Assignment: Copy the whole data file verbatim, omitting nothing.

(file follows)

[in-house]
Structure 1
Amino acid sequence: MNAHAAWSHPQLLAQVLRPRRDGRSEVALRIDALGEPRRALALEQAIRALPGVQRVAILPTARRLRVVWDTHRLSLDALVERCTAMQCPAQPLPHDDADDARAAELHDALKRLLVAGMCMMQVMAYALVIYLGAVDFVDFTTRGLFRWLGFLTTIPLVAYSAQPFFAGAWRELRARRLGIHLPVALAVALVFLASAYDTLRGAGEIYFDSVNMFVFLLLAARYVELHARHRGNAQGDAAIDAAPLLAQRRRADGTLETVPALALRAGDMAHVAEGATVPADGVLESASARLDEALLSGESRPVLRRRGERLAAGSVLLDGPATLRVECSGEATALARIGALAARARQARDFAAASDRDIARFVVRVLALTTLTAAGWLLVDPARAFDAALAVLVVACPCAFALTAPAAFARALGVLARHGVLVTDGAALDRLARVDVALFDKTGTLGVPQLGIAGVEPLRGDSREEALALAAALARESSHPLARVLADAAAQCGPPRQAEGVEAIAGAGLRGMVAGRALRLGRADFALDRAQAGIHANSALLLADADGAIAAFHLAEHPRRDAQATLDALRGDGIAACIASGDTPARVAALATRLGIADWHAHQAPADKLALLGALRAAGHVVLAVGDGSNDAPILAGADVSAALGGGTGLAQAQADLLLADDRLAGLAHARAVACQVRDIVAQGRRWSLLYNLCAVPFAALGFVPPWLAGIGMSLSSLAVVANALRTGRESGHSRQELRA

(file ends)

[in-house]
Structure 1
Amino acid sequence: MNAHAAWSHPQLLAQVLRPRRDGRSEVALRIDALGEPRRALALEQAIRALPGVQRVAILPTARRLRVVWDTHRLSLDALVERCTAMQCPAQPLPHDDADDARAAELHDALKRLLVAGMCMMQVMAYALVIYLGAVDFVDFTTRGLFRWLGFLTTIPLVAYSAQPFFAGAWRELRARRLGIHLPVALAVALVFLASAYDTLRGAGEIYFDSVNMFVFLLLAARYVELHARHRGNAQGDAAIDAAPLLAQRRRADGTLETVPALALRAGDMAHVAEGATVPADGVLESASARLDEALLSGESRPVLRRRGERLAAGSVLLDGPATLRVECSGEATALARIGALAARARQARDFAAASDRDIARFVVRVLALTTLTAAGWLLVDPARAFDAALAVLVVACPCAFALTAPAAFARALGVLARHGVLVTDGAALDRLARVDVALFDKTGTLGVPQLGIAGVEPLRGDSREEALALAAALARESSHPLARVLADAAAQCGPPRQAEGVEAIAGAGLRGMVAGRALRLGRADFALDRAQAGIHANSALLLADADGAIAAFHLAEHPRRDAQATLDALRGDGIAACIASGDTPARVAALATRLGIADWHAHQAPADKLALLGALRAAGHVVLAVGDGSNDAPILAGADVSAALGGGTGLAQAQADLLLADDRLAGLAHARAVACQVRDIVAQGRRWSLLYNLCAVPFAALGFVPPWLAGIGMSLSSLAVVANALRTGRESGHSRQELRA